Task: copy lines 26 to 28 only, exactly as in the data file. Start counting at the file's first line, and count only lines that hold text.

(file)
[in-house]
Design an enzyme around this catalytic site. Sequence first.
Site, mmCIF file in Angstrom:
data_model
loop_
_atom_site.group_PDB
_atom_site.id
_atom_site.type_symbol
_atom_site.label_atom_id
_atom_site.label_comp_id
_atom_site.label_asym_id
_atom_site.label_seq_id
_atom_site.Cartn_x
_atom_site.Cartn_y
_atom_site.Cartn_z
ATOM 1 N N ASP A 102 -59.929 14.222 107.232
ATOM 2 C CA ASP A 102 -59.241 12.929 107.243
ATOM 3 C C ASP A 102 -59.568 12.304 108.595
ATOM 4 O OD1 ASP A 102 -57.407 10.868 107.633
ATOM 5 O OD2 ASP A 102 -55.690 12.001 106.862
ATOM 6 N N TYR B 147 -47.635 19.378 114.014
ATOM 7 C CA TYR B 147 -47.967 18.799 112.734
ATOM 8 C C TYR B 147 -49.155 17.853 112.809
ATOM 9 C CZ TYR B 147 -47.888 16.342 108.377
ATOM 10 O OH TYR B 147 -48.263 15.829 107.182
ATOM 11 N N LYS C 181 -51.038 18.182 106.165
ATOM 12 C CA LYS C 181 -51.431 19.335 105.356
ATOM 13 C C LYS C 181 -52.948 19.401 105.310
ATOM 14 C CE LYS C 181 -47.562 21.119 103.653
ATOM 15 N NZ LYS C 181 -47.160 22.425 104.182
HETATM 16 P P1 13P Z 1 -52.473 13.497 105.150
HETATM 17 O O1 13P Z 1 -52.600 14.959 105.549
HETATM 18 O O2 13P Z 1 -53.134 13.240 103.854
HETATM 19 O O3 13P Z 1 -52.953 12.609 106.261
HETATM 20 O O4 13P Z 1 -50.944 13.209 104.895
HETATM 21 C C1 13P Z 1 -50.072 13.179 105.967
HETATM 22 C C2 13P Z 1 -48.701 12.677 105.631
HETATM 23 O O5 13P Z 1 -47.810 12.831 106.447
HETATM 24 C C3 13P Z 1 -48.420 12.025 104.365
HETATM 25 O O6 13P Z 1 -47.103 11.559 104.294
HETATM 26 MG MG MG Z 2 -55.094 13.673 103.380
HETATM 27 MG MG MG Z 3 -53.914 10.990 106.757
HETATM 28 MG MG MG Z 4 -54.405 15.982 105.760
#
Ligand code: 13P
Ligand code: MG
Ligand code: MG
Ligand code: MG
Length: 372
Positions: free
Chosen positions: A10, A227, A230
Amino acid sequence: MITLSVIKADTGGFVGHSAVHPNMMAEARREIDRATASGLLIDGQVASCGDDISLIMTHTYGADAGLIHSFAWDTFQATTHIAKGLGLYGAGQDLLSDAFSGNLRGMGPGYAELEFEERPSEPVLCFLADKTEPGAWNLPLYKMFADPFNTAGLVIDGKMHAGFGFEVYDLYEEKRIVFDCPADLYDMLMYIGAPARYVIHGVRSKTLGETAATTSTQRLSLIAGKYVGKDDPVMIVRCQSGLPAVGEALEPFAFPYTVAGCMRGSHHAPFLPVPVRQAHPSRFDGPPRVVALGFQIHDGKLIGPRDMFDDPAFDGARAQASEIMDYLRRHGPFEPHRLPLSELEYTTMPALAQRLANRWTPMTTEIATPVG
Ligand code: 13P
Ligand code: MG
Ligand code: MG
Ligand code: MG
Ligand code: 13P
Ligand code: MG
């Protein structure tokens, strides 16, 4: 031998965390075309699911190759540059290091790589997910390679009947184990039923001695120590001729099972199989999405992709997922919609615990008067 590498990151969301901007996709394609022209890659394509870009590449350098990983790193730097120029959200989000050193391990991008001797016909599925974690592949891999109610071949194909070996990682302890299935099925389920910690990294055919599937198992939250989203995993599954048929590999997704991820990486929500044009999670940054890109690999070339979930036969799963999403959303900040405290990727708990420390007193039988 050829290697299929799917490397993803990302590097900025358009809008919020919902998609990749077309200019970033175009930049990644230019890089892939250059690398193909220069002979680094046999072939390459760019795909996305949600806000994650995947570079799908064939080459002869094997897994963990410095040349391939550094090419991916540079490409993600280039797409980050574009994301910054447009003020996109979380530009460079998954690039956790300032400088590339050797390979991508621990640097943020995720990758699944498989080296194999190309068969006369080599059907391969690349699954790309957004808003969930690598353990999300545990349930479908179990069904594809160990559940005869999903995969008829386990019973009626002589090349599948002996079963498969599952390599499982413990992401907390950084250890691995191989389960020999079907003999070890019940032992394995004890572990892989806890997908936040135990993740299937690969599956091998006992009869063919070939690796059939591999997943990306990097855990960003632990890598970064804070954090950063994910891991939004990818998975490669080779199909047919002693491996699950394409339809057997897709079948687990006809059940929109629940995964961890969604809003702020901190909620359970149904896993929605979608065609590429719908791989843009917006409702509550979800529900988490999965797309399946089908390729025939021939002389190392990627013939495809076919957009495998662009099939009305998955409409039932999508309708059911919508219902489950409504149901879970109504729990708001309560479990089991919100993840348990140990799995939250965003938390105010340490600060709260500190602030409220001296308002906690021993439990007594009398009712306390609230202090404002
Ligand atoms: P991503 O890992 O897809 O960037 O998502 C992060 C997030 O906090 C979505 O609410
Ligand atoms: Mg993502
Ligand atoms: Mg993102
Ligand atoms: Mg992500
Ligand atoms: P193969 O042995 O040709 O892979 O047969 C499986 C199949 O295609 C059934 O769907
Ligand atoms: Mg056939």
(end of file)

ATOM 11 N N LYS C 181 -51.038 18.182 106.165
ATOM 12 C CA LYS C 181 -51.431 19.335 105.356
ATOM 13 C C LYS C 181 -52.948 19.401 105.310